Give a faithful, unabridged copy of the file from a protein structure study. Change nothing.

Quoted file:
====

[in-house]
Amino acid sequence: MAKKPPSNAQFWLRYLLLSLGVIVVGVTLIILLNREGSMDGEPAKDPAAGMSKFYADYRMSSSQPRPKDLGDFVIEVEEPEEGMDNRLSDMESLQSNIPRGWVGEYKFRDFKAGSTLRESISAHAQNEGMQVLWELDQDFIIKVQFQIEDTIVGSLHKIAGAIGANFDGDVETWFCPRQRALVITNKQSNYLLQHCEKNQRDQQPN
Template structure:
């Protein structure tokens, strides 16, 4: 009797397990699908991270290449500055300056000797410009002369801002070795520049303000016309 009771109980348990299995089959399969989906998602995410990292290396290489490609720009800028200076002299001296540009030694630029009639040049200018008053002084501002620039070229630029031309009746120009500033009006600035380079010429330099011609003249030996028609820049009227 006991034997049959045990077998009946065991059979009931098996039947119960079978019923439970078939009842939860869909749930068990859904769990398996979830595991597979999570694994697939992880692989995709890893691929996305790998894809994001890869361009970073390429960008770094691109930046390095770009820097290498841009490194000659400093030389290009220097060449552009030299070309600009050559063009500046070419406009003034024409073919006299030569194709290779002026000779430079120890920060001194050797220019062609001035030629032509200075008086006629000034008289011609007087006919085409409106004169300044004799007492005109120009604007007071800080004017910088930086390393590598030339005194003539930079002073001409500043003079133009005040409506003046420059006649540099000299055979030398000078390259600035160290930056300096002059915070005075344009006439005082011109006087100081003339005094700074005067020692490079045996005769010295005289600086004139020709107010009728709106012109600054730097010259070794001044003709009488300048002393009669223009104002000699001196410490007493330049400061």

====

[in-house]
Amino acid sequence: MAKKPPSNAQFWLRYLLLSLGVIVVGVTLIILLNREGSMDGEPAKDPAAGMSKFYADYRMSSSQPRPKDLGDFVIEVEEPEEGMDNRLSDMESLQSNIPRGWVGEYKFRDFKAGSTLRESISAHAQNEGMQVLWELDQDFIIKVQFQIEDTIVGSLHKIAGAIGANFDGDVETWFCPRQRALVITNKQSNYLLQHCEKNQRDQQPN
Template structure:
């Protein structure tokens, strides 16, 4: 009797397990699908991270290449500055300056000797410009002369801002070795520049303000016309 009771109980348990299995089959399969989906998602995410990292290396290489490609720009800028200076002299001296540009030694630029009639040049200018008053002084501002620039070229630029031309009746120009500033009006600035380079010429330099011609003249030996028609820049009227 006991034997049959045990077998009946065991059979009931098996039947119960079978019923439970078939009842939860869909749930068990859904769990398996979830595991597979999570694994697939992880692989995709890893691929996305790998894809994001890869361009970073390429960008770094691109930046390095770009820097290498841009490194000659400093030389290009220097060449552009030299070309600009050559063009500046070419406009003034024409073919006299030569194709290779002026000779430079120890920060001194050797220019062609001035030629032509200075008086006629000034008289011609007087006919085409409106004169300044004799007492005109120009604007007071800080004017910088930086390393590598030339005194003539930079002073001409500043003079133009005040409506003046420059006649540099000299055979030398000078390259600035160290930056300096002059915070005075344009006439005082011109006087100081003339005094700074005067020692490079045996005769010295005289600086004139020709107010009728709106012109600054730097010259070794001044003709009488300048002393009669223009104002000699001196410490007493330049400061």